Researchers who conducted the analysis said it was not clear how the virus was linked to psychiatric conditions such as anxiety and depression, but that these were the most common diagnoses among the 14 disorders they looked at.

Post-COVID cases of stroke, dementia and other neurological disorders were rarer, the researchers said, but were still significant, especially in those who had severe COVID-19.

“Although the individual risks for most disorders are small, the effect across the whole population may be substantial,” said Paul Harrison, a professor of psychiatry at Oxford University who co-led the work.

Max Taquet, also an Oxford psychiatrist who worked with Harrison, noted that the study was not able to examine the biological or psychological mechanisms involved

A previous study by the same researchers found last year that 20% of COVID-19 survivors were diagnosed with a psychiatric disorder within three months.

The new findings, published in the Lancet Psychiatry journal, analysed health records of 236,379 COVID-19 patients, mostly from the United States, and found 34% had been diagnosed with neurological or psychiatric illnesses within six months.

The disorders were significantly more common in COVID-19 patients than in comparison groups of people who recovered from flu or other respiratory infections over the same time periodthe scientists said, suggesting COVID-19 had a specific impact.

Anxiety, at 17%, and mood disorders, at 14%, were the most common, and did not appear to be related to how mild or severe the patient’s COVID-19 infection had been.

Among those who had been admitted to intensive care with severe COVID-19 however, 7% had a stroke within six months, and almost 2% were diagnosed with dementia.

Bolding=mine

There has been a lot of speculation that with the vaccine COVID-19 will become endemic like the flu with booster shots and life returning to something resembling 2019. These findings suggest that should this occur social distancing, mask wearing and localized restrictions and lockdowns will become the new normal.

This also makes the question of if or how much vaccinated people can spread the virus urgent.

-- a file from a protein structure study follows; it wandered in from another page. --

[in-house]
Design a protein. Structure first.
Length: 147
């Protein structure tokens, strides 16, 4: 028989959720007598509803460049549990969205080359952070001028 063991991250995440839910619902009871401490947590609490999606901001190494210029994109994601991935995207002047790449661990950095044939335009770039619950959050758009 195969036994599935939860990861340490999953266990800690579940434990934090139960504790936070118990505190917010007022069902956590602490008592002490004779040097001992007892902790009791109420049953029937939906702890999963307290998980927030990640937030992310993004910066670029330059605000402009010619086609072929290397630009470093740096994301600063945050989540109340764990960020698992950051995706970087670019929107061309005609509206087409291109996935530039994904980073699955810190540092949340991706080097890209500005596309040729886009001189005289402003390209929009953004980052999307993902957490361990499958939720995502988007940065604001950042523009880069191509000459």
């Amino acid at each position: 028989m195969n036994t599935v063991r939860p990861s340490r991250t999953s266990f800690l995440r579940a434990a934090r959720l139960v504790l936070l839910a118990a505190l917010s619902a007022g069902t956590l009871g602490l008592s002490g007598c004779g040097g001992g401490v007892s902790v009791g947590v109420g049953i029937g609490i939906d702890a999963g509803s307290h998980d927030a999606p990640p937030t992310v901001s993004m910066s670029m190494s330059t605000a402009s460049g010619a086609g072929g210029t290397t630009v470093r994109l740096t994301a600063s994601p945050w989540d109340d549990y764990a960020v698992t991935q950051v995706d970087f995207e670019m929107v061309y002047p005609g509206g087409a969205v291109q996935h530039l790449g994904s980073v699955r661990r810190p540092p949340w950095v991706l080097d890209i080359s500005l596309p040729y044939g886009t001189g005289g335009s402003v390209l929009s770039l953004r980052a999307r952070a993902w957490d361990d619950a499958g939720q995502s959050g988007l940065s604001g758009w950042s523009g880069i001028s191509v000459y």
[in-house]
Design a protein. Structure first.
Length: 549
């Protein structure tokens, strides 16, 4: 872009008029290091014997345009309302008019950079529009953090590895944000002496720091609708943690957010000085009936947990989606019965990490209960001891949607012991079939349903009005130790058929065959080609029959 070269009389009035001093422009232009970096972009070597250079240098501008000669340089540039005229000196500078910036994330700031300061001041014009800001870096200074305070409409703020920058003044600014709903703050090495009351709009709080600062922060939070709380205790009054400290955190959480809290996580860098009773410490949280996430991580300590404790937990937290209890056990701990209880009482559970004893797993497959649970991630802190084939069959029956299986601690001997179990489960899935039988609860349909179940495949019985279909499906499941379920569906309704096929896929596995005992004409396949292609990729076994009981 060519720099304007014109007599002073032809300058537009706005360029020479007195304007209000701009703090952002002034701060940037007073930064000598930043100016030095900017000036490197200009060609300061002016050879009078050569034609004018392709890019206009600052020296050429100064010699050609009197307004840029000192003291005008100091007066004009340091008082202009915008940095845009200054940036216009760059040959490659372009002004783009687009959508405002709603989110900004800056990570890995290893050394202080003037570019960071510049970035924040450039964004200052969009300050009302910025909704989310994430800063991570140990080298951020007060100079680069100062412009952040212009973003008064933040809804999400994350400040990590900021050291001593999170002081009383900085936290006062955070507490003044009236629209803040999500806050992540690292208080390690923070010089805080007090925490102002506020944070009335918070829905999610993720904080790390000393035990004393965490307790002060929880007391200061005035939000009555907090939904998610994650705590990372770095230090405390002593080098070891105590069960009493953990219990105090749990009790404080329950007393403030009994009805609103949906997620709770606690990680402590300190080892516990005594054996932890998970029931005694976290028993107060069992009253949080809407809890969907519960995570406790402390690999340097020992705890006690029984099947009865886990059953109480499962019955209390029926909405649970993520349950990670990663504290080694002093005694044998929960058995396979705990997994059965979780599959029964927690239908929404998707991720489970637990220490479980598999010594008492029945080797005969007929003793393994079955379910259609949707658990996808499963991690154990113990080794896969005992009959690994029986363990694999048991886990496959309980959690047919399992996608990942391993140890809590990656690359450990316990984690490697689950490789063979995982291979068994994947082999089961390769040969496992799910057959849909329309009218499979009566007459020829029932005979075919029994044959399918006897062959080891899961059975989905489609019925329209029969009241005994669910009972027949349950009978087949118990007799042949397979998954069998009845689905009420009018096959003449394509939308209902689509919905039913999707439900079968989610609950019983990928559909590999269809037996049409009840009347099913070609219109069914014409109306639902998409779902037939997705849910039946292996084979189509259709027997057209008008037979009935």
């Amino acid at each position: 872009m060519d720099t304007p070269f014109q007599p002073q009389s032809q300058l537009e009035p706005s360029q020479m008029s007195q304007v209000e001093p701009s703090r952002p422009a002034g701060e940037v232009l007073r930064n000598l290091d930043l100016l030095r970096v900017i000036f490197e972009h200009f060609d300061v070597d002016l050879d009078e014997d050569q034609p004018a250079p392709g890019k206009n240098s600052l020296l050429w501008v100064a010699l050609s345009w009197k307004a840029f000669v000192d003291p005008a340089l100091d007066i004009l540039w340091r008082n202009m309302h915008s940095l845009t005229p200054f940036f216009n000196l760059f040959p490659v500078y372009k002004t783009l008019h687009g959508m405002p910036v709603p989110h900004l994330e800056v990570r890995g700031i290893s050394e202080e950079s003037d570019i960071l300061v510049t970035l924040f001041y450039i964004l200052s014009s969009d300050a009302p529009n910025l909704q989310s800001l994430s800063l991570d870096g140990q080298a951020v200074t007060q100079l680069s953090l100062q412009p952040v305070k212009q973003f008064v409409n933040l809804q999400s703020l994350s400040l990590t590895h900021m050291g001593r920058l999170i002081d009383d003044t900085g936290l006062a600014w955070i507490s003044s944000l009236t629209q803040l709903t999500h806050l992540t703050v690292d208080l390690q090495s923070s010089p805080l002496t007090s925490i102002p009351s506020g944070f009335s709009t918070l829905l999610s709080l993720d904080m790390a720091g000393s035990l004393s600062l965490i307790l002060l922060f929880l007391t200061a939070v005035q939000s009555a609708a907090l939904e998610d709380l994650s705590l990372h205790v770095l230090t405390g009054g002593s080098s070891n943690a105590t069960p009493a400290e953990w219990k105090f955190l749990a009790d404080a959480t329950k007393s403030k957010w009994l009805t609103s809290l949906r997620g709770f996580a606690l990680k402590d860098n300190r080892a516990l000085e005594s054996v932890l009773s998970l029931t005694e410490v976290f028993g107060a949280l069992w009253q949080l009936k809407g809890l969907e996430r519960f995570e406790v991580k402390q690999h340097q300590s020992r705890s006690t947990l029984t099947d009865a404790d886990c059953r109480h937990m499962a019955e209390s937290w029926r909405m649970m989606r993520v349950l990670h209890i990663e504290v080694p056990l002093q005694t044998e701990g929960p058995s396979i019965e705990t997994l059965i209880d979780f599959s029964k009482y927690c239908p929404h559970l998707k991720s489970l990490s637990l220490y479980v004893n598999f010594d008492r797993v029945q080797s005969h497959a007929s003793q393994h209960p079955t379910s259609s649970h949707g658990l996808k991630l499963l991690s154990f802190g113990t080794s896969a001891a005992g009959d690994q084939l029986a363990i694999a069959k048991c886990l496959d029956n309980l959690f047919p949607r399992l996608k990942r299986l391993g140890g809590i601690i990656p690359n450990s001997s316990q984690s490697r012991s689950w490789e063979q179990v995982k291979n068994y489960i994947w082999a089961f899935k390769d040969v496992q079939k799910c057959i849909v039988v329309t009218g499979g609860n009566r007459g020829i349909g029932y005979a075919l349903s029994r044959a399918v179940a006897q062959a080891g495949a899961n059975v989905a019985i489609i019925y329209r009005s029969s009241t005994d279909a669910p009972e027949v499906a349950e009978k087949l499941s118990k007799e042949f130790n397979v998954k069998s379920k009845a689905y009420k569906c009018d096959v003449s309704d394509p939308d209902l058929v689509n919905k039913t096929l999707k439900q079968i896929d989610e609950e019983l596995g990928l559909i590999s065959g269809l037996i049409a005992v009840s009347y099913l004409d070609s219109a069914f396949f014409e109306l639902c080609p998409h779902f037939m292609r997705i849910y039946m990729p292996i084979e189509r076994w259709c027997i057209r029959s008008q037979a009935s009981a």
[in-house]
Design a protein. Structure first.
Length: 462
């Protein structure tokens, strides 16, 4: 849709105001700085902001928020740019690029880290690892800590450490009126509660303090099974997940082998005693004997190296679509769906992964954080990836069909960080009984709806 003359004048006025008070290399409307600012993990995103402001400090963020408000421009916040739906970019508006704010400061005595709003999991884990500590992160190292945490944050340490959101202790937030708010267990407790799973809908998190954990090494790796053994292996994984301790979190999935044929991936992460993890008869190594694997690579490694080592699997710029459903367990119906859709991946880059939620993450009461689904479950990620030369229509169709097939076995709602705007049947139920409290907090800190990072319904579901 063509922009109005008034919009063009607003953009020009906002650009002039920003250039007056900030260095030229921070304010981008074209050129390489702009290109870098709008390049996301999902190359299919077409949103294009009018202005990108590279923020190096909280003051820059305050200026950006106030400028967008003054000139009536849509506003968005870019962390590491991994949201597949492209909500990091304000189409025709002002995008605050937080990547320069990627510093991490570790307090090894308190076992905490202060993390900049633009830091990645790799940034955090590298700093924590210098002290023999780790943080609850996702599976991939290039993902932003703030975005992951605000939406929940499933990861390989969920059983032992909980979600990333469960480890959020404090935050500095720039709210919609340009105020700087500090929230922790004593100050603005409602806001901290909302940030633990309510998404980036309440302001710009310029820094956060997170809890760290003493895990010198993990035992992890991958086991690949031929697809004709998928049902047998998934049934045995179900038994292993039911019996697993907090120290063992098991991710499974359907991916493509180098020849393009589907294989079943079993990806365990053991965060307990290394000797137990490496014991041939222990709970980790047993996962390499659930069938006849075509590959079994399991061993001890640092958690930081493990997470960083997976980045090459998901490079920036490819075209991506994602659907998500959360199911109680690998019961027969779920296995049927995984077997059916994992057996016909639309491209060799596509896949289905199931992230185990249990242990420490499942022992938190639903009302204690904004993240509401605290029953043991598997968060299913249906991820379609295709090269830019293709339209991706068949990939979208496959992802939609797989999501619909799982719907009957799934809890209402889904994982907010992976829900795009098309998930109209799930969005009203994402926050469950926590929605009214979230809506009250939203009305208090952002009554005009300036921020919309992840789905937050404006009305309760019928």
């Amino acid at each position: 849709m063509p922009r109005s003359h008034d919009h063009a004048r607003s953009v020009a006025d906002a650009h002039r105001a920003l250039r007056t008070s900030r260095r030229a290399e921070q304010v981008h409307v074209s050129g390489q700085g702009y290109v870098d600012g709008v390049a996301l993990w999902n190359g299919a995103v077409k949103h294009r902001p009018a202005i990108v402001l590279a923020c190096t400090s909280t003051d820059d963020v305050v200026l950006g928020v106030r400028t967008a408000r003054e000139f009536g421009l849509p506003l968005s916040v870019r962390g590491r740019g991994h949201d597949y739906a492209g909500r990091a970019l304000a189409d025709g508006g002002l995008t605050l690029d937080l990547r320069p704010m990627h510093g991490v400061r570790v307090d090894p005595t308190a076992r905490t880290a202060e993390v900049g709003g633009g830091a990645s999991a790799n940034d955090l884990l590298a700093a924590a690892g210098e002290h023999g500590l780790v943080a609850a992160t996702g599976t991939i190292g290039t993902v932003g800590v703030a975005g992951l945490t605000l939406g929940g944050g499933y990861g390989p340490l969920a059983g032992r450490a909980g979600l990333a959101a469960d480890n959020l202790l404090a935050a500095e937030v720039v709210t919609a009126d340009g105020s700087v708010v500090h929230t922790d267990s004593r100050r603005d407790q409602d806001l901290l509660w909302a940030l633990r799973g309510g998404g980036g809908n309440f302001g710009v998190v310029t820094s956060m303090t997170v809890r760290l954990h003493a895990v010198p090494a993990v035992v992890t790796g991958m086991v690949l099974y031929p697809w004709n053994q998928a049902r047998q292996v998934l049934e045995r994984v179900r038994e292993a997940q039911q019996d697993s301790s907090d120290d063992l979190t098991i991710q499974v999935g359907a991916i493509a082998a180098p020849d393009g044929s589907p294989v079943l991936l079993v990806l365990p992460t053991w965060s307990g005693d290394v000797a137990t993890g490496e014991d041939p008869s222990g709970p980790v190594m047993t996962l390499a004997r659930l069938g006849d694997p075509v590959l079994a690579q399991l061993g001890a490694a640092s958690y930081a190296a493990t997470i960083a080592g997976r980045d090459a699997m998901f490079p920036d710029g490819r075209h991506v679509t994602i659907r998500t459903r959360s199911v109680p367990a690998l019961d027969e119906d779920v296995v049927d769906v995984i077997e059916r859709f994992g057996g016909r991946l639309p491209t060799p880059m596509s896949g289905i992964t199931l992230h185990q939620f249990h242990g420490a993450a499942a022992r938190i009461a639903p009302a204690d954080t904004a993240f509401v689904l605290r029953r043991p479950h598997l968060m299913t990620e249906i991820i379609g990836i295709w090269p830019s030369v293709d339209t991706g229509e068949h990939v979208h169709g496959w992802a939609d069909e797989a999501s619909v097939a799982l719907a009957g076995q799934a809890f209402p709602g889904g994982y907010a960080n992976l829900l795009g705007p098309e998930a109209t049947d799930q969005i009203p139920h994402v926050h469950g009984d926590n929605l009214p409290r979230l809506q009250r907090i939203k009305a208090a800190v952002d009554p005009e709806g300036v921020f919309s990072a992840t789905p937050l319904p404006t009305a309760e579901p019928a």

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SabbraCadabra
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08 Apr 2021, 12:31 am

jimmy m wrote:
Long Haulers

Is there a thread for Long Haulers, here? I tried doing a search, but this was the only semi-relevant thread I could find.


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ASPartOfMe
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08 Apr 2021, 6:09 am

SabbraCadabra wrote:
jimmy m wrote:
Long Haulers

Is there a thread for Long Haulers, here? I tried doing a search, but this was the only semi-relevant thread I could find.

There is not. Long Hauler articles have been put in this thread.


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SabbraCadabra
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08 Apr 2021, 2:53 pm

ASPartOfMe wrote:
There is not. Long Hauler articles have been put in this thread.

So no one else on the forum has caught it? Weird.
I figured more people here might have it, since it appears to be related to gut issues.


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ASPartOfMe
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08 Apr 2021, 8:07 pm

Two vaccine sites close after adverse reactions to Johnson & Johnson shot

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The race to vaccinate hit more roadblocks on Thursday, as several patients at a mass vaccination site in North Carolina suffered immediate reactions to the Johnson & Johnson shot. A day earlier, 11 people had adverse reactions in Denver, ranging from dizziness to nausea.